During Covid, businesses and individuals searched high and low for the perfect virtual meeting vehicle.
According to TrustRadius, online inquiries for web conferencing portals jumped by 500% between February and April 2020. Eventually, many people turned to Zoom, though others stuck with Microsoft Teams and even Skype.
By this point, most of us are accustomed to meeting with colleagues and clients over screens. (The phrase “You’re on mute” might as well be on at least one coffee mug in every remote office.) However, that doesn’t mean that we’ve quite nailed down what it takes to make tele-gatherings efficient. Quite honestly, we’re still learning even after a year.
What’s the problem? Like in-person meetings, virtual ones quickly can turn into time-wasters. To avoid losing precious hours each week, apply the following strategies to all of your video get-togethers.
1. Develop meeting agendas.
Trying to conduct a productive meeting without a meeting agenda is like trying to film a movie without a storyboard. Basically, you have no idea what you’re going to do next; you just hope for the best. To be sure, improv is exciting on the stage. But it’s detrimental in the business world.
A better solution is to create and distribute agendas for every virtual meeting, even short ones. You may want to get help designing your agendas with a meeting agenda template to streamline all your documentation. Remember that agendas aren’t just useful to keep the dialogue rolling. They’re also helpful as historic documents to show what you discussed and when. Give yourself extra credit if you update your agendas and add ownership to each action item noted.
2. Request RSVPs.
The last thing you want is to set up a virtual meeting and not have everyone attend. Therefore, make sure you follow up with all participants at least the day before the meeting. This serves two purposes. First, it sets up a gentle tickler or ping. Secondly, it allows you to find out if someone can’t make it at the last minute and you need to reschedule.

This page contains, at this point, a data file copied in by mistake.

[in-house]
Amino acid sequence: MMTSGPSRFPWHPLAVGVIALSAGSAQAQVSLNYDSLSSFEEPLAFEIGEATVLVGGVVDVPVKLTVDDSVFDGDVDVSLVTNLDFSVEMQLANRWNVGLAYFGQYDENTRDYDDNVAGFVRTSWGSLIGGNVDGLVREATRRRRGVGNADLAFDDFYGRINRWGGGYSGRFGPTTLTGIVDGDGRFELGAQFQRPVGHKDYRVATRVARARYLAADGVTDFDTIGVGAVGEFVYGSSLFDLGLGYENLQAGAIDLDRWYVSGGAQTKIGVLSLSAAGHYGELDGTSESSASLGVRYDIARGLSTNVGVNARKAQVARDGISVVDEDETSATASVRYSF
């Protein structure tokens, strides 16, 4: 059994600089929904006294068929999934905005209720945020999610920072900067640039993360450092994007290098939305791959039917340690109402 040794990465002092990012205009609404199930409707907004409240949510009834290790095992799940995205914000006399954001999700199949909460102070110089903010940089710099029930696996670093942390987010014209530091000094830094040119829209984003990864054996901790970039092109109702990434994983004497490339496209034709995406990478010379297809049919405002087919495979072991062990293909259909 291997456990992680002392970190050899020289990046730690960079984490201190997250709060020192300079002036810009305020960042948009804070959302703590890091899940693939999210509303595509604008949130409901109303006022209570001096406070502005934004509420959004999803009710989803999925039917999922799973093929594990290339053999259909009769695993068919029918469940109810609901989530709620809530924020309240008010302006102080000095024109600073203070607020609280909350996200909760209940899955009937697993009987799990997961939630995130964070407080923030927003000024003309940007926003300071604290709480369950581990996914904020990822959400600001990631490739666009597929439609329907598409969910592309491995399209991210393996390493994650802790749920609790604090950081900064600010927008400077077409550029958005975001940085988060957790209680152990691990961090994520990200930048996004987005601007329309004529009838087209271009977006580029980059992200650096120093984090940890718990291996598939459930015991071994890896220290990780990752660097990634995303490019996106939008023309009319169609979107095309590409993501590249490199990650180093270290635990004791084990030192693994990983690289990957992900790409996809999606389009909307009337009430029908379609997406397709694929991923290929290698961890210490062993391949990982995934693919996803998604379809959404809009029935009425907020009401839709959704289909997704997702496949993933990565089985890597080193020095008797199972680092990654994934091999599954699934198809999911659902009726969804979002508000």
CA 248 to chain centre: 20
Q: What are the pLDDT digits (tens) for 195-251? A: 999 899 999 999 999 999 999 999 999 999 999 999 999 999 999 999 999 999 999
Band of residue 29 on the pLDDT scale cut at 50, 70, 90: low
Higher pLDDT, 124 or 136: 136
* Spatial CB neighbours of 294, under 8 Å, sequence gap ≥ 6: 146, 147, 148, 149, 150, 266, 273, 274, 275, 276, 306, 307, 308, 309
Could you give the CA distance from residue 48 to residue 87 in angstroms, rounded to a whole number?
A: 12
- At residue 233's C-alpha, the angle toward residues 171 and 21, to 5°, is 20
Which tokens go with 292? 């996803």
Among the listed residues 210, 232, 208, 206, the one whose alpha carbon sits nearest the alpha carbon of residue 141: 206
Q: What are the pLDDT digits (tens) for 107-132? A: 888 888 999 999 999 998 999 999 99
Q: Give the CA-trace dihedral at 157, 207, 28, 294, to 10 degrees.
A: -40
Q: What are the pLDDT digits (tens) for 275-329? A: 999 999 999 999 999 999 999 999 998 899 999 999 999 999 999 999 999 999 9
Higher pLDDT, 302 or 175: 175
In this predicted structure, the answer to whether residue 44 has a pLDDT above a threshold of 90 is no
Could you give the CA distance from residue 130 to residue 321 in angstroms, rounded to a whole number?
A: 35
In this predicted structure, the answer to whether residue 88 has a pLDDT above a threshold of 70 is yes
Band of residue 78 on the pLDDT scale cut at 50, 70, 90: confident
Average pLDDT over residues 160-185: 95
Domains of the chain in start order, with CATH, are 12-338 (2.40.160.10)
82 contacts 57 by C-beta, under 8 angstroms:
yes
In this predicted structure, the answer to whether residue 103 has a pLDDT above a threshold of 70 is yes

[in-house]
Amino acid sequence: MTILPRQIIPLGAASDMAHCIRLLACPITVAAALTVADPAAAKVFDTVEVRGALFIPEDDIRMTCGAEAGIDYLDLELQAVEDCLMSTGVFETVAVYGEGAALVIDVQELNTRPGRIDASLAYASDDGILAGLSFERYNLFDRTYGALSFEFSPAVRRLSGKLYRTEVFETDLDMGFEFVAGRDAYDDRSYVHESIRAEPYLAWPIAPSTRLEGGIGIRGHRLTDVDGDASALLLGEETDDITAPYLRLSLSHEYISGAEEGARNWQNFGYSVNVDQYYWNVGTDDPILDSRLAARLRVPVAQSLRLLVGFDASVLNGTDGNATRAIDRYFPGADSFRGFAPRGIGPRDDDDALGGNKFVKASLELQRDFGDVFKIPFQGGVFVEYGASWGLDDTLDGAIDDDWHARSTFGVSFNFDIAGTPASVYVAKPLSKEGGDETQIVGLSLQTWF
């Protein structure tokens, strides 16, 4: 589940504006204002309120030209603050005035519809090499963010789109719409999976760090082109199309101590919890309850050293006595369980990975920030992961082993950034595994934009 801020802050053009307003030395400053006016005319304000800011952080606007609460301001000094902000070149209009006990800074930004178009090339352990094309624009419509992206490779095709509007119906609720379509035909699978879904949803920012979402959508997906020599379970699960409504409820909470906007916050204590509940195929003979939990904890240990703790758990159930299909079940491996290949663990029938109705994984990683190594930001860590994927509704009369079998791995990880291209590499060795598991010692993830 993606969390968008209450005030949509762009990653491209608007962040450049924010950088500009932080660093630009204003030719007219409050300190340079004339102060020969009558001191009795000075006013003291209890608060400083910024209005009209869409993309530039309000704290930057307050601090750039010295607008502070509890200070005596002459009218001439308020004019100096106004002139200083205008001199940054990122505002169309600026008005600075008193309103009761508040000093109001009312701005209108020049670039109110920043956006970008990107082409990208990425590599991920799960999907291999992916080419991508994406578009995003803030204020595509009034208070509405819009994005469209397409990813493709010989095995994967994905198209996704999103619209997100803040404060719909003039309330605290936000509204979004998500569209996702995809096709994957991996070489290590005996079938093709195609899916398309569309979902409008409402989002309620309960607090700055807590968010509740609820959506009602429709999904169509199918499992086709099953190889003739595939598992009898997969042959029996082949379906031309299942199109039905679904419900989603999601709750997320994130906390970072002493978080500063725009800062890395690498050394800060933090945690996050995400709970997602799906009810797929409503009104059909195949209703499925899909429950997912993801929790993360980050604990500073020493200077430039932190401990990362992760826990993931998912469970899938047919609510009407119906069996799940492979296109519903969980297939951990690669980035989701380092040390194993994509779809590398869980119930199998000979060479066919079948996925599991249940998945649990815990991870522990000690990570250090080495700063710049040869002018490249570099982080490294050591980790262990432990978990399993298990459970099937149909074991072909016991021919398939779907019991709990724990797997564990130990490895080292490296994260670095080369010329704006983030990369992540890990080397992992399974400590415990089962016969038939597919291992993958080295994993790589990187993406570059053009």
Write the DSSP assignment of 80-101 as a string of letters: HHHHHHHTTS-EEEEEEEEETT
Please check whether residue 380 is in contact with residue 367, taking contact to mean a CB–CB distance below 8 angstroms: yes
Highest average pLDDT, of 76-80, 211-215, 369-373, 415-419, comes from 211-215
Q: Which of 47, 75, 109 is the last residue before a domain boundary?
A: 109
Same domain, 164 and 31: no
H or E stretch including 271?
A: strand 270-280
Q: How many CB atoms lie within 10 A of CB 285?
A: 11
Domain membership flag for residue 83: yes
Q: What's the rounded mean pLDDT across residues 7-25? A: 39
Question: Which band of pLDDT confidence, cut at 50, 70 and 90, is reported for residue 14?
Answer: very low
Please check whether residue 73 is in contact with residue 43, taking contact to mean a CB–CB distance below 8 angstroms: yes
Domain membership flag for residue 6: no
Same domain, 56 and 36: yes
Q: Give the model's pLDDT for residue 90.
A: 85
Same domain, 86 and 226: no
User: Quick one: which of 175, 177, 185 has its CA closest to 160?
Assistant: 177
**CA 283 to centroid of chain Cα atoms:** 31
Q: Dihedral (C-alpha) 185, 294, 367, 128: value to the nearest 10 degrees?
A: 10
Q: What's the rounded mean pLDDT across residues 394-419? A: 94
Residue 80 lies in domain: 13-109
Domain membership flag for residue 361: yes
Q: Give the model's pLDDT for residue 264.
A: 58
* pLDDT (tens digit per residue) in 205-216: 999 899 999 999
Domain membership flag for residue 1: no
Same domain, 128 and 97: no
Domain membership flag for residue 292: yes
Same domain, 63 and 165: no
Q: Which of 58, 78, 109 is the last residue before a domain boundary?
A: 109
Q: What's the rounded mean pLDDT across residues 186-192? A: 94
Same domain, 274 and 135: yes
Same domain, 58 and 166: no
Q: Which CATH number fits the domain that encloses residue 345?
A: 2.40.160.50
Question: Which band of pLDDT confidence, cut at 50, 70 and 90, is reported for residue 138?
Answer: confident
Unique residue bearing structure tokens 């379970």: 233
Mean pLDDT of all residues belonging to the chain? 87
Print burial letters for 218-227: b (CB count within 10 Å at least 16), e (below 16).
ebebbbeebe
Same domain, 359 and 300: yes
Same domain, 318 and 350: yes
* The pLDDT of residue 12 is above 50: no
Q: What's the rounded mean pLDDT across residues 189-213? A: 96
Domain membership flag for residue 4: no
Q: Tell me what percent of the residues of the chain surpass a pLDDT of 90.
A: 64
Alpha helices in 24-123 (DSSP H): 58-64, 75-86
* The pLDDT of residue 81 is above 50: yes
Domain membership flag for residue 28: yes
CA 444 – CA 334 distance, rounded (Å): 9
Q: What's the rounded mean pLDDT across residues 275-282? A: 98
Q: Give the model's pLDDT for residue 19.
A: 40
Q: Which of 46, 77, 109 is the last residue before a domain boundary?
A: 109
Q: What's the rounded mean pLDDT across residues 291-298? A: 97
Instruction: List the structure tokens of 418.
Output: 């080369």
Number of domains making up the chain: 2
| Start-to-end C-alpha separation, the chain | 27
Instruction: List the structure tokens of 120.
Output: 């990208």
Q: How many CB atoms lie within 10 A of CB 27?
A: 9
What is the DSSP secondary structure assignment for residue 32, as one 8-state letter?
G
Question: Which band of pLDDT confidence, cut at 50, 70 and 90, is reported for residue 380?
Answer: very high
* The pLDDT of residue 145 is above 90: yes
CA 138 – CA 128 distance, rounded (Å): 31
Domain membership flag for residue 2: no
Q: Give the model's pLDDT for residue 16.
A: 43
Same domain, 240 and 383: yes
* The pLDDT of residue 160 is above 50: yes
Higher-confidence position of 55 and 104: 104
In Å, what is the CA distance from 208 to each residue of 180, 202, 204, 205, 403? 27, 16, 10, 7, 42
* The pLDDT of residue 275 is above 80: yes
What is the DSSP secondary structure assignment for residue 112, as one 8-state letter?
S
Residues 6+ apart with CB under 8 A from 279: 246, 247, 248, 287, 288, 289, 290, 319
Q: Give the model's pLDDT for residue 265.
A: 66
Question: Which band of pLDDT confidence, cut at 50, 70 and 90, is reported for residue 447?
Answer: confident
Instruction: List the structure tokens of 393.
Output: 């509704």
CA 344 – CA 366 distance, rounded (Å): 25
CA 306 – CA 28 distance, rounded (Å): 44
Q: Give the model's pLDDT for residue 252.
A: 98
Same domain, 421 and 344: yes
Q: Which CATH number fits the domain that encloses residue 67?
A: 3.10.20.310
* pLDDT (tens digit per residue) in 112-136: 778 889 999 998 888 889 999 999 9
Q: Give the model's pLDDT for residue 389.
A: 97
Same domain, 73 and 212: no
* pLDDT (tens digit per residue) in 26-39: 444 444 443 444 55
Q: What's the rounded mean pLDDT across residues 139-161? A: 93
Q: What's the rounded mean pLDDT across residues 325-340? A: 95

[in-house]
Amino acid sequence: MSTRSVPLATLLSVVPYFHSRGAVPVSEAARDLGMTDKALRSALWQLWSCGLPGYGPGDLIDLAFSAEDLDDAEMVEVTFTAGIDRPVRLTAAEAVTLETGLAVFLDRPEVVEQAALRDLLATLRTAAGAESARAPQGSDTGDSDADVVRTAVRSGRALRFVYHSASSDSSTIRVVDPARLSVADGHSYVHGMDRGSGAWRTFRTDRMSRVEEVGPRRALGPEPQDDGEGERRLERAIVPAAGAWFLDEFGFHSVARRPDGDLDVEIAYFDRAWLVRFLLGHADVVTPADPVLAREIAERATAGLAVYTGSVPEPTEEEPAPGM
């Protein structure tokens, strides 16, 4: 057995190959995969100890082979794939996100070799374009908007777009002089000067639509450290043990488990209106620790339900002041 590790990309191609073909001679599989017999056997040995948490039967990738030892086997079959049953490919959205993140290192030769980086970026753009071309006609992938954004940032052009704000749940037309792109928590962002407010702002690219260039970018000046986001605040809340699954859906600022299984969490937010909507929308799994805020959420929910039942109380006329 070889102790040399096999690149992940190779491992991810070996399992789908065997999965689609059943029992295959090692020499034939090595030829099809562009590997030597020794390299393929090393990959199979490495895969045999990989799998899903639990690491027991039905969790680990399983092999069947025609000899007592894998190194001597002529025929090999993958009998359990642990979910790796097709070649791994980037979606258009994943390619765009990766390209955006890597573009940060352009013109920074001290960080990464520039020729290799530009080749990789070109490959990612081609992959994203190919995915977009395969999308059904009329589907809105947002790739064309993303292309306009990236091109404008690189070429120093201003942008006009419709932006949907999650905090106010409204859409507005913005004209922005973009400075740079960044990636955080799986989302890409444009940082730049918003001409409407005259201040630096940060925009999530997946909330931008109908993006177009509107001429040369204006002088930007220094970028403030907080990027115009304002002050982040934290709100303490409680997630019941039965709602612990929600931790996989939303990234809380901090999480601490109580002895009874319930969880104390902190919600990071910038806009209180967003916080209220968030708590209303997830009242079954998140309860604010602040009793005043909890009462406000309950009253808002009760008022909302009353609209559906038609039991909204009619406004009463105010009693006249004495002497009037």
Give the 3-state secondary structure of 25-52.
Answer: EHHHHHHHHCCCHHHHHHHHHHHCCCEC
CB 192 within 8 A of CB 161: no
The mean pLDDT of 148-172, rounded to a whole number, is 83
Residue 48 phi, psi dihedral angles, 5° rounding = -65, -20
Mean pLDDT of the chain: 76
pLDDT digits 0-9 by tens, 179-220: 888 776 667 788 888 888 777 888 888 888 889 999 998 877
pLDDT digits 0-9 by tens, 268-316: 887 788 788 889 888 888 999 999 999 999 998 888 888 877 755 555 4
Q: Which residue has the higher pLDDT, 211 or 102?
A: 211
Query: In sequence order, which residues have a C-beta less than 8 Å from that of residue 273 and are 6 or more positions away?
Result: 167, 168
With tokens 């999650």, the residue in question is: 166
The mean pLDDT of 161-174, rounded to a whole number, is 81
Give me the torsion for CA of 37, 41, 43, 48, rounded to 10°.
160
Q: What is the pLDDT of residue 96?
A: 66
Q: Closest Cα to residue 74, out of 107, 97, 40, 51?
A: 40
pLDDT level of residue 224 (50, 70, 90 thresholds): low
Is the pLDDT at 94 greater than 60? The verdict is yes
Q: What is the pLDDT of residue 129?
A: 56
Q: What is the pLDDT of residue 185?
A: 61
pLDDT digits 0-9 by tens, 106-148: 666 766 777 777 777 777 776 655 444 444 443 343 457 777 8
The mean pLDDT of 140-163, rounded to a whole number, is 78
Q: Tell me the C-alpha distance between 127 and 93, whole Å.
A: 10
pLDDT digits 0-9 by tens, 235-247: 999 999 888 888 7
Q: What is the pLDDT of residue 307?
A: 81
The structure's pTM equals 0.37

An RSVP doesn’t have to be lengthy. Sending out a quick text or email reminder can do the trick. Some meeting software even enables you to schedule your reminders at the time you arrange the meeting. That way, you don’t have to worry about deploying the reminder yourself. (Just be certain to add yourself to the reminder list.)
3. Elicit and encourage full team participation.
Many people won’t speak up in virtual meetings because they feel intimidated, shy, or introverted. Don’t assume that they have nothing to say, though. Plenty of individuals will wait until they’re called upon to contribute rather than disrupting the flow. And when they’re asked their opinion, they’re happy to give it.
As the organizer of your meeting, be cognizant of who is and isn’t talking. It’s fine to call out someone by name: “Jackie, what do you think about the project? Are we missing anything?” Usually, you’ll get a lot of insight. You’ll also reduce the chances that your meetings always end up with the same people making decisions.
4. Be open to cancelling meetings.